February 14, 2019
White House Launches High Speed Broadband Initiative. On Wednesday, the White House announced a new effort to increase broadband access, particularly in rural areas where coverage and speeds are insufficient to accommodate needs for health care, education and commerce. With input from a range of federal agencies, including the U.S. Departments of Agriculture, Commerce, Health and Human Services and Interior as well the Federal Communications Commission, the American Broadband Initiative Milestones Report offers recommendations grouped into three categories: streamlining federal permitting processes to speed broadband deployment, leveraging federal assets to lower the cost of broadband build-outs, and maximizing the impact of federal funding. See the Funding Opportunities section below for announcements related to broadband access and telecommunications specific to rural areas.
Advancing Tobacco Prevention and Control in Rural America. The National Network of Public Health Institutes (NNPHI), in conjunction with the Maine Public Health Institute and the National Association of Chronic Disease Directors (NACDD), announced the release of a new report highlighting the significant toll tobacco has on rural communities. The report – which includes 15 recommendations for advancing rural tobacco control initiatives and suggestions for future research – explores rates and patterns of commercial tobacco use across rural, aspects of the rural context that may affect tobacco control efforts, and current rural tobacco control activities. According to the Centers for Disease Control and Prevention, cigarette smoking disproportionately affects the health of people with lower socioeconomic status, with people living in deprived, rural areas experiencing rates of lung cancer that are 18-20 percent higher than people living in urban areas. Continue reading “Federal Office of Rural Health Policy Announcements”
February 7, 2019
New Report on HIV Burden in the Deep South. Produced by the Southern HIV/AIDS Strategy Initiative, the report covers six states – Alabama, Georgia, Louisiana, Mississippi, North Carolina, and South Carolina – and indicates that 29 percent of persons living with HIV (PLWH) there live in rural areas and smaller cities. In some cases the rural HIV burden is heavier, such as in Alabama and Mississippi, where more than 60 percent of PLWH live outside a large urban area.
Rural Communities Opioid Response Implementation – Coming Soon. The Health Resources and Services Administration (HRSA) announced a future funding opportunity for the Rural Communities Opioid Response Program (RCORP), part of a multi-year initiative supporting treatment for and prevention of opioid use disorder. Grantees of the RCORP-Implementation funding will receive up to $1 million for a three-year period of performance to enhance and expand service delivery in high-risk rural communities. Continue reading “Federal Office of Rural Health Policy Announcements”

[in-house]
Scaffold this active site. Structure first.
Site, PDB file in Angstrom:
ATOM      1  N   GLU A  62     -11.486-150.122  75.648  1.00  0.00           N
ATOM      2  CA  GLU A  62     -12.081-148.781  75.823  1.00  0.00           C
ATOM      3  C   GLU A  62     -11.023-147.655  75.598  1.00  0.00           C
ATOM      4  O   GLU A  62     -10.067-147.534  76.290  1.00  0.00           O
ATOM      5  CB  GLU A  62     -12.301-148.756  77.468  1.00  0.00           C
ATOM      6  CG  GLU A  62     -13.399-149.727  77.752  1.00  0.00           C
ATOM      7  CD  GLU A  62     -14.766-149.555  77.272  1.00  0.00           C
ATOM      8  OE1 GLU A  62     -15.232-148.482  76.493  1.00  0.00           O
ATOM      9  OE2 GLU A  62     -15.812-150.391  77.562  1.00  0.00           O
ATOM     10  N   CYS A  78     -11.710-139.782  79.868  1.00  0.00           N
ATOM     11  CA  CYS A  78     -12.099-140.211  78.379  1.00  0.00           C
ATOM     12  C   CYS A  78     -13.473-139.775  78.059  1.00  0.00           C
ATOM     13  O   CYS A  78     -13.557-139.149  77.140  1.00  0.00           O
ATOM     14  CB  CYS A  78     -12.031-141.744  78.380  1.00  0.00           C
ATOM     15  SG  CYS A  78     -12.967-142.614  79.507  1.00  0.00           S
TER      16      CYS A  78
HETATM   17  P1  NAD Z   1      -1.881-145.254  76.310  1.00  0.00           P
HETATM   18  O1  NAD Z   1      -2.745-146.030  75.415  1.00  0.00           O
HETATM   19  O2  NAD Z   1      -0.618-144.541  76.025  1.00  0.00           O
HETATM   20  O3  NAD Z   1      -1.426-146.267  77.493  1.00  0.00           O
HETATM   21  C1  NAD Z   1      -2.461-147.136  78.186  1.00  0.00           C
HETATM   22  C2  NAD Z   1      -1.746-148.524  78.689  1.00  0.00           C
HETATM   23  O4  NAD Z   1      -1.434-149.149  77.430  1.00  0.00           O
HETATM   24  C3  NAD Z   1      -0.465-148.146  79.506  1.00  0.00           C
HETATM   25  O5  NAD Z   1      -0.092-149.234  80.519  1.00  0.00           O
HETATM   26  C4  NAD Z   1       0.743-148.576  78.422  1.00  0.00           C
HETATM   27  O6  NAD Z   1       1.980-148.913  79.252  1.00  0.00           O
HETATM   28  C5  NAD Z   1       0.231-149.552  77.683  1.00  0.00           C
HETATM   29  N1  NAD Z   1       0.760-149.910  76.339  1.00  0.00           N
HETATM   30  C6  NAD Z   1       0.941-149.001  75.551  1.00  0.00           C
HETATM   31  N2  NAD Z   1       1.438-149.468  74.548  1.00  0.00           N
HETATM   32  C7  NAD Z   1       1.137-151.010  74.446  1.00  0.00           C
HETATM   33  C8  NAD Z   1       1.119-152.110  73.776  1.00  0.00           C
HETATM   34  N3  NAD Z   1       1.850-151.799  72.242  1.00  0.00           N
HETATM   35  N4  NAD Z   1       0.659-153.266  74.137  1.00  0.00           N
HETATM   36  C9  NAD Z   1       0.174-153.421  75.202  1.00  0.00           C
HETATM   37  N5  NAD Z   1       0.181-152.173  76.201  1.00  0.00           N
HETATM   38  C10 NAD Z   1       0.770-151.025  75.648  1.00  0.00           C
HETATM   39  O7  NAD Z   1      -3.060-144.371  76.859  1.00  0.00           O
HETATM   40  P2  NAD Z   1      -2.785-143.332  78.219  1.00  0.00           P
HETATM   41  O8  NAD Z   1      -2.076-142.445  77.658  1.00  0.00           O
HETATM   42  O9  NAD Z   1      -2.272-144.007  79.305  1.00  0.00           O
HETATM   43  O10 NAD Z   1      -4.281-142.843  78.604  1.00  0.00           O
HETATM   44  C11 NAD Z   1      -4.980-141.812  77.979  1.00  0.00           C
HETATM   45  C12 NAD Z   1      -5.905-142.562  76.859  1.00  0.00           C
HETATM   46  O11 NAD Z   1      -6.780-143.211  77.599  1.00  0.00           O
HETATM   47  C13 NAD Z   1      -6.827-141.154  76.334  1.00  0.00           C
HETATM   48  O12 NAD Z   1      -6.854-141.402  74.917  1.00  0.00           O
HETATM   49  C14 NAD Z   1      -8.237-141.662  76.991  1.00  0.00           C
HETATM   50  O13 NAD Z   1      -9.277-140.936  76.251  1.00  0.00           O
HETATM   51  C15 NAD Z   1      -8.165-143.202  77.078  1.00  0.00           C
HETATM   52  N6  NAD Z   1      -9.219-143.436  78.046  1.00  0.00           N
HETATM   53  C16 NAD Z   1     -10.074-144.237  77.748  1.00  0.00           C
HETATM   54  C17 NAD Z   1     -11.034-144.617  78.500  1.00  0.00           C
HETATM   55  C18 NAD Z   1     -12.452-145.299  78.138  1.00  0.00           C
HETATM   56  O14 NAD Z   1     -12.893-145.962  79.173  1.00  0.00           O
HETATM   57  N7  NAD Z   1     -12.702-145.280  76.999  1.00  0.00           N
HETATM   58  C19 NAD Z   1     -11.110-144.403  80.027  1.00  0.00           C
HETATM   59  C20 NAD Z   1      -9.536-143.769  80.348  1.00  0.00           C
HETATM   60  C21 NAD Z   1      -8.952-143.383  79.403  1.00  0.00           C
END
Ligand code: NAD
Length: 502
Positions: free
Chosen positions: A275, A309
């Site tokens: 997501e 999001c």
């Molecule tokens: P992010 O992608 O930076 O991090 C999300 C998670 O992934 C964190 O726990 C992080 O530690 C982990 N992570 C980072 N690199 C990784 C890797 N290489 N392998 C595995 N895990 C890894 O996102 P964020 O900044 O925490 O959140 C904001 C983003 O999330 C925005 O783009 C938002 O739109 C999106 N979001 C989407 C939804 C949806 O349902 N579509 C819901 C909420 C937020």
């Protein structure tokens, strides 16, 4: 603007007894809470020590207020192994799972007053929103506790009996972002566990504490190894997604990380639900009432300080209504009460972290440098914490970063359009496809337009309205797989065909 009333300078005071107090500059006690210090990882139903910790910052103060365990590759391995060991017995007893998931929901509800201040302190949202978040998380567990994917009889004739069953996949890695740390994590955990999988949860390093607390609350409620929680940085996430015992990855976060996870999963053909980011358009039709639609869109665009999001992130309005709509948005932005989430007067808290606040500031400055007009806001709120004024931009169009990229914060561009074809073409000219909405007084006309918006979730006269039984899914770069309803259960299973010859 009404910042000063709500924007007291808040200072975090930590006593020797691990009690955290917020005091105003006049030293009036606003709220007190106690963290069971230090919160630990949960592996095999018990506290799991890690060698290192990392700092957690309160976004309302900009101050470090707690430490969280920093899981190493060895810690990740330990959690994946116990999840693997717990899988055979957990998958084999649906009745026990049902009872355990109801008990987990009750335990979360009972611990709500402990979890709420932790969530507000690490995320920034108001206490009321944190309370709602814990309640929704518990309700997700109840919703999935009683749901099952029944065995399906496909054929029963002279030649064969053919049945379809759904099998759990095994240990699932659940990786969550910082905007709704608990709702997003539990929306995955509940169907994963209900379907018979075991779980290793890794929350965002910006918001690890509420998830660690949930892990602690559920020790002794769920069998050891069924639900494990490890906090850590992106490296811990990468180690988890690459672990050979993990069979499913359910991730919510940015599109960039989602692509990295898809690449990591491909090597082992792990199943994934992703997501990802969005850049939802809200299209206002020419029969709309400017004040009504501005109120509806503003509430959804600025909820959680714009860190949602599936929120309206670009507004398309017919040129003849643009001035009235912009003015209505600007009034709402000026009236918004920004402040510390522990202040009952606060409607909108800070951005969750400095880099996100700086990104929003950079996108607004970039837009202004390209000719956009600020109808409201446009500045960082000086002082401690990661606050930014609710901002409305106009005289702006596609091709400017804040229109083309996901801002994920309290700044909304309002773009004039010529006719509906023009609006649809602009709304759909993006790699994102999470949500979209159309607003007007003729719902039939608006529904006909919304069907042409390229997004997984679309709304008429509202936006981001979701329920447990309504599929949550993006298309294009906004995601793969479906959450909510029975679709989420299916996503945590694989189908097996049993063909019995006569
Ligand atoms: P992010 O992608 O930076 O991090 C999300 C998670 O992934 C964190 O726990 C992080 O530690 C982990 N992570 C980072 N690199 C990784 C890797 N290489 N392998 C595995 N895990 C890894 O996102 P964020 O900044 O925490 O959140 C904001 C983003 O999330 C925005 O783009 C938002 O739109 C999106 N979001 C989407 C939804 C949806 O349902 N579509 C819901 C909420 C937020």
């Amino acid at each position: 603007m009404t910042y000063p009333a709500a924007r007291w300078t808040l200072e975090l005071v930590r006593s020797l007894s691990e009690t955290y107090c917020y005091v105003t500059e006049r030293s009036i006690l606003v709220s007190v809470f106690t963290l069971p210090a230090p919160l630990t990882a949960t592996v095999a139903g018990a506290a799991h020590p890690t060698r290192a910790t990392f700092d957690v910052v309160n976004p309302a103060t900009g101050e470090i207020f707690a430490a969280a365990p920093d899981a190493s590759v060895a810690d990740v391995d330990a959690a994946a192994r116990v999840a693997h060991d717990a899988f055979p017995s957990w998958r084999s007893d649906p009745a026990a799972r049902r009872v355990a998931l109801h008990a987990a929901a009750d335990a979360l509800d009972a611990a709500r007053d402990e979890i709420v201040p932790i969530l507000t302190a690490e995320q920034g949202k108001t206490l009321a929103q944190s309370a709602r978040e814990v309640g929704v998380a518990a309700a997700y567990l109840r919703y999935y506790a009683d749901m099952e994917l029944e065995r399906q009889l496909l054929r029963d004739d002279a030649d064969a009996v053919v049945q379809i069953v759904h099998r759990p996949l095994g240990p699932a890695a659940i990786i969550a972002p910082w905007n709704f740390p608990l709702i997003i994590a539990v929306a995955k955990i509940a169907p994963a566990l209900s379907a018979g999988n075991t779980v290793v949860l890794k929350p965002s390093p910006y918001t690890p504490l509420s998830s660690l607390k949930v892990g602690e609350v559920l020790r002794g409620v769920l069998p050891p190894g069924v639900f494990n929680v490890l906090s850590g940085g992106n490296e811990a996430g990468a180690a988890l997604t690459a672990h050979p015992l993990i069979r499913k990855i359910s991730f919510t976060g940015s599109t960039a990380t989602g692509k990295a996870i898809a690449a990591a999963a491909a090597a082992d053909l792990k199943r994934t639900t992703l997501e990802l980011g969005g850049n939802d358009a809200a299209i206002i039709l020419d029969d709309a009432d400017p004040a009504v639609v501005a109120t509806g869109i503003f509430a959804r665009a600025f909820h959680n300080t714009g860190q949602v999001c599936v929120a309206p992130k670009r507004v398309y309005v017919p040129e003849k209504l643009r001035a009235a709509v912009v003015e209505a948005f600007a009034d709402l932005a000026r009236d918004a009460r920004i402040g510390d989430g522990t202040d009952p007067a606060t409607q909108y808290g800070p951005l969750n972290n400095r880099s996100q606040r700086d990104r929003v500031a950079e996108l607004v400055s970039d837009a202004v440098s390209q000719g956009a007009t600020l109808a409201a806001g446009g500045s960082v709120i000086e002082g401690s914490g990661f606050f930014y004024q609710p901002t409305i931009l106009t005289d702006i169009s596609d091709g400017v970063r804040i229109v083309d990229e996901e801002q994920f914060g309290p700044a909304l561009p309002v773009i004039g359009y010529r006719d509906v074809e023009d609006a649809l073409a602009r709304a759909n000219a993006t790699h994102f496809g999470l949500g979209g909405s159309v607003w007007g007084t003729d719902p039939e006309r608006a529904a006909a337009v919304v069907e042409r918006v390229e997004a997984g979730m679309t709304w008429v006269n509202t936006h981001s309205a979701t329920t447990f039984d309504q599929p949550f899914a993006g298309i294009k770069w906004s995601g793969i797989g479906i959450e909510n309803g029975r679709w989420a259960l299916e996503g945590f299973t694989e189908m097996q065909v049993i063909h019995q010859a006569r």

February 21, 2019
Black Lung Clinics Program Turns 40. This year marks the 40th anniversary of the program that provides funding for medical, outreach, and benefits counseling for active, inactive, and disabled coal miners throughout the country. Last year, data reported by the National Institute for Occupational Safety and Health indicated that coal miners in central Appalachia are disproportionately affected with as many as 1 in 5 having evidence of black lung. Administered by HRSA’s Federal Office of Rural Health Policy, the program supports nearly 60 clinic sites across 15 states, serving more than 13,000 coal miners between July 2016 and June 2017.
MCHB Announces Phase 1 Winners of Remote Pregnancy Monitoring Contest. HRSA’s Maternal and Child Health Bureau (MCHB) selected ten winners from the first phase of its Remote Pregnancy Monitoring Grand Challenge. The winning innovations are technology-based solutions that help providers remotely monitor the health of pregnant women, and empower them to make informed decisions about their own care. Last year, researchers at the University of Minnesota found that families living in non-urban-adjacent rural counties faced increased risk of out-of-hospital birth, birth in a hospital that does not provide obstetric care, and preterm birth, after losing hospital-based obstetric services. Continue reading “Federal Office of Rural Health Policy Announcements”
February 22, 2019
New Federal Funding Opportunity for Small Rural Health Care Providers
On Wednesday, the Health Resources and Services Administration (HRSA) published a new Notice of Funding Opportunity. The Small Health Care Provider Quality Improvement Grant Program will support up to 32 public or private nonprofit health care providers located in rural areas to improve patient care in their communities. HRSA expects to invest approximately $6.4 million for this program that aims to improve the quality of rural health care through an evidence-based approach to primary care that has proven effective in rural areas. Previously funded organizations under this program designed and carried out projects focused on coordinated care for patients, chronic disease management, integrated care delivery systems, and reduced admissions for emergency rooms and hospitals, among other issues for rural providers. Objectives for this program, that’s competitive every three years, include improved health outcomes, better engagement of patients and their caregivers, and continuous improvement to chronic disease management. Grantees are also encouraged to implement quality improvement activities that measure value by outcomes, establish and maintain patient-centered medical homes, and integrate behavioral health into the primary care setting.
Full details of the program and requirements for applicants are available at Grants.gov.
Applications will be accepted until April 22, 2019.